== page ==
Sunday, July 12, 2009

Calvin at 500 tour ends

After a last stroll through the village of Noyon, everyone in a bustle to set up for market day, John Schrupp and I went to the grammar school where Calvin studied in his youth, and, no doubt, where jealous classmates (Jean-Louis) came up with the taunt Accusative Case for the brilliant young man. The village is decorated with the French Tri-color, reminiscent of the bloody French Revolution and the virulent de-Christianizing of a culture. Granted, the French Catholic Church was profoundly corrupt in the 18th century, but it was a massive step in the wrong direction to expunge all Christian symbols from churches, cemeteries, even adornment and jewelry (no cross necklaces), and to rechristen Notre Dame Paris (and Reims and many other major churches throughout the country) Temple of Reason. France also revoked the Edict of Nantes (1598) that had granted toleration of Huguenots, Calvin's spiritual successors. Louis XIV reinstated official state persecution of French Calvinists in 1685, and thereby the country hemoraged its moral and spiritual backbone, seemingly never recoverying it.

It does make one reflect on the polarization of John Calvin’s biblical world view, philosophy of life, and theology versus that of the Enlightenment (Voltaire, Victor Hugo, Jean Jacques Rousseau—all French men) and particularly that of Charles Darwin, the master craftsman of the modern world and the 20th century.
Calvin believed that God was the supreme Creator of the earth, the sky, the sea and all that in them is, and that he is the Sovereign Lord of everything he has made, of all the universe, that he guides and governs the minutest details of his world, and as gracious heavenly father, he pours out his electing love for the eternal blessing and redemption of his chosen children. Calvin’s teaching brought the greatest blessing to Western Civilization: a vibrant church, republican government, free market economics, judicial order, respect for marriage, family, women, the aged, children, born and unborn.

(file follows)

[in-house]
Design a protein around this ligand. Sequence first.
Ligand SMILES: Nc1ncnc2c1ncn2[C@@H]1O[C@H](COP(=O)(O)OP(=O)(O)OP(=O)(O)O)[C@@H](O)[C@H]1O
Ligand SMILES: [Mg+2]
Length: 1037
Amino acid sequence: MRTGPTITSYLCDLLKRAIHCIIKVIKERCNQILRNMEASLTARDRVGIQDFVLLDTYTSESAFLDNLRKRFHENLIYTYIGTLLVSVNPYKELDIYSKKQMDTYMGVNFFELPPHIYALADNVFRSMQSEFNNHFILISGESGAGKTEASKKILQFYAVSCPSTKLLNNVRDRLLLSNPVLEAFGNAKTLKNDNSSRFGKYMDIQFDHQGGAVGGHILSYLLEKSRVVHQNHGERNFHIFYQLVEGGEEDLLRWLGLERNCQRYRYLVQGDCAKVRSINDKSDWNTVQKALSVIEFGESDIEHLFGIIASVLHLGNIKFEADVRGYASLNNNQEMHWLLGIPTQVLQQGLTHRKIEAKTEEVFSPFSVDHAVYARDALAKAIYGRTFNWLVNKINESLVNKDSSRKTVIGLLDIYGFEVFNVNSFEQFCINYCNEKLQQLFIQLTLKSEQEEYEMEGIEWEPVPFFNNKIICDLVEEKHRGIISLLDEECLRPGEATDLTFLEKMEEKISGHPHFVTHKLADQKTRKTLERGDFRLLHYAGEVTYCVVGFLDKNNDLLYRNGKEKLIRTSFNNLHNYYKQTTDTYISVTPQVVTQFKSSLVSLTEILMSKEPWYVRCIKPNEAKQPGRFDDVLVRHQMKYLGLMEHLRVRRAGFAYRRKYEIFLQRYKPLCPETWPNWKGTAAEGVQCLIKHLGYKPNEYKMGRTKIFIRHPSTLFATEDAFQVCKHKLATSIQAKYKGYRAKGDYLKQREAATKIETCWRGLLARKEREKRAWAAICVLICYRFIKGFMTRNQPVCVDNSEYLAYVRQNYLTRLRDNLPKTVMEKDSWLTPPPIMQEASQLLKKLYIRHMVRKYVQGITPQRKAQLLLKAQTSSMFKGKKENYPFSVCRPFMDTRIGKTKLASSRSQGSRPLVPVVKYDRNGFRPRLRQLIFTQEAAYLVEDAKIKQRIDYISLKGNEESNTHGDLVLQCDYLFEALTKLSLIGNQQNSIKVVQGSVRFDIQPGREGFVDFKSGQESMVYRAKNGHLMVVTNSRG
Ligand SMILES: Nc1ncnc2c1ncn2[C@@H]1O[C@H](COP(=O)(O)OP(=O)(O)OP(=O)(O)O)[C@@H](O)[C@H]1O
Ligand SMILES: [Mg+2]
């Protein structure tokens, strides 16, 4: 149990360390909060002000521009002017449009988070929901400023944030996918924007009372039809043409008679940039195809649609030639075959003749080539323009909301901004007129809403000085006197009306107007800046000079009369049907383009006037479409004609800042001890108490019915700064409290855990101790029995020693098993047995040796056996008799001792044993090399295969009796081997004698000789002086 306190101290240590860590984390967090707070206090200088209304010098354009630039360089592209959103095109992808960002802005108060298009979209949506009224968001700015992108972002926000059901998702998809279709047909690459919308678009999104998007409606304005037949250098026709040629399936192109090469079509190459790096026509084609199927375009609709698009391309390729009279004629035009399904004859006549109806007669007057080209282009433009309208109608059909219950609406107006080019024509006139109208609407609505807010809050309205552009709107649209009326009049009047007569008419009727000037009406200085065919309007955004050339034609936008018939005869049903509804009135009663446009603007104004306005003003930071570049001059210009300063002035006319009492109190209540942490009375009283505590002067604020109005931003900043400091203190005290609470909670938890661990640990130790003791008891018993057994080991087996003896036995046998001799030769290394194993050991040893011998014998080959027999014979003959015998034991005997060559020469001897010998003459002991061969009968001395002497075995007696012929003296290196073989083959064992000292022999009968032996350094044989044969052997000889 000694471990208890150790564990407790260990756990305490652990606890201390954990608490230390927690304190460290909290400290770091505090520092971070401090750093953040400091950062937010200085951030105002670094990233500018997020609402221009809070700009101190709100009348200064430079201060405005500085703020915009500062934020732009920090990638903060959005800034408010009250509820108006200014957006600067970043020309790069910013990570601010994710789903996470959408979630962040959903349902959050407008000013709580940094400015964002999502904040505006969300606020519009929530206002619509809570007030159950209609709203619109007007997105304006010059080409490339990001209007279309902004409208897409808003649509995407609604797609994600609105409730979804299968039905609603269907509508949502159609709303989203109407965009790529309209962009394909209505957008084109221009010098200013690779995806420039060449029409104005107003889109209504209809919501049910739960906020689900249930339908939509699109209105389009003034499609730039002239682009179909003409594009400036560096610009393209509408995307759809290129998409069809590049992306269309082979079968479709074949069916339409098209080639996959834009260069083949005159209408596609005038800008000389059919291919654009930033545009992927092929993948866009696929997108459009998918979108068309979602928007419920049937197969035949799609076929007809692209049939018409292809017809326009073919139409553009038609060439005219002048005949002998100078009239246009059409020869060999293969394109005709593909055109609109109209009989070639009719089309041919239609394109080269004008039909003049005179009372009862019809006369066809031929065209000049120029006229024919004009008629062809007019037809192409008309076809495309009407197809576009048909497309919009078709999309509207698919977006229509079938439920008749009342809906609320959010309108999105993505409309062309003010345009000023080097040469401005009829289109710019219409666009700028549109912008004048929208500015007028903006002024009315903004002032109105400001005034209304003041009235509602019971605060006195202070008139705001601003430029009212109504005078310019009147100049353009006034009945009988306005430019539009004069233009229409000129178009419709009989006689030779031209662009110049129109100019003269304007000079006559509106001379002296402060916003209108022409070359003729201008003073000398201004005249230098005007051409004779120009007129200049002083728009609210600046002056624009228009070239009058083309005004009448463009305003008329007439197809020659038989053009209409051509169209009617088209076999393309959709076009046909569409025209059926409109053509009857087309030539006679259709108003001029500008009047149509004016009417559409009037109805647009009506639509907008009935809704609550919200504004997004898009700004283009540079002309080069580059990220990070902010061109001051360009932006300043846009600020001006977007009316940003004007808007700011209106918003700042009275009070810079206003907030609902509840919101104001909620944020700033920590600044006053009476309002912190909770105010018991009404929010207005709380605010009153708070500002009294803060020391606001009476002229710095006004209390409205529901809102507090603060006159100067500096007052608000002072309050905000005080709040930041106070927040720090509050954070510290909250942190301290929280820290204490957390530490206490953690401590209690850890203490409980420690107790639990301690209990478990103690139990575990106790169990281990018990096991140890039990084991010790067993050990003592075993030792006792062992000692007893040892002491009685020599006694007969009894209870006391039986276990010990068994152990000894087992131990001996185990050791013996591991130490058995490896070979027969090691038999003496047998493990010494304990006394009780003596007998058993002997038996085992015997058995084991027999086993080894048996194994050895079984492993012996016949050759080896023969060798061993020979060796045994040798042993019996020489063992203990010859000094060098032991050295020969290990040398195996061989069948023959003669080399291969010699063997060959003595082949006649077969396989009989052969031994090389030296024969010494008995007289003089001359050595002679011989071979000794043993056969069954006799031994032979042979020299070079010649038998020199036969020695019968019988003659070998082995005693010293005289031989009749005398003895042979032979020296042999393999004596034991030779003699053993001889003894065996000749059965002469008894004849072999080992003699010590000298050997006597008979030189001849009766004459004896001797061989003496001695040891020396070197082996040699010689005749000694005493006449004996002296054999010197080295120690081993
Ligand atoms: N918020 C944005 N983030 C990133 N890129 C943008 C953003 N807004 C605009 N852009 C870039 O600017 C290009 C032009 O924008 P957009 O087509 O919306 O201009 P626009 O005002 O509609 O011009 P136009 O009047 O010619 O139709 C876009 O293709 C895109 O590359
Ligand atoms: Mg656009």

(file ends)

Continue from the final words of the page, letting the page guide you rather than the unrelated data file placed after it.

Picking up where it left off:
Charles Darwin, whose 200th birthday is celebrated by elitists here in Europe and in America (I saw this poster of Darwin in Paris, but none of Calvin), Darwin has given the world modern totalitarianism, communism, the gulags of Stalin, the eugenics of Hitler, abortion, euthanasia, child abuse, battered women, moral and civil chaos, and a world of human beings who live not for God’s glory but for self-gratification, a purposeless existence.

On the coach to CDG. I read Calvin’s final words, prayers, and from Psalm 93, his favorite Psalm. Eunice, then, bustled to the microphone and led everyone in “When the Roll is Called Up Yonder” (I've always wondered what a Beyonder is), and other gospel songs from the Revivalist Era. I don’t think Calvin would have approved.
Unloaded, said good bye to Bert and to all, then dispersed, our tour group to their flights and home, and Cheryl and I to collapse and rest in Chartres for a couple of days. A blessed trip, with daily evidences of the Lord’s kind Providence having gone before us in it all. I was told by many that the trip far and away exceeded their expectations. May it bear enduring fruit in each of our hearts, and may God graciously grant that all of us will be, like Calvin, consumed with zeal for the glory of God. Soli Deo Gloria!

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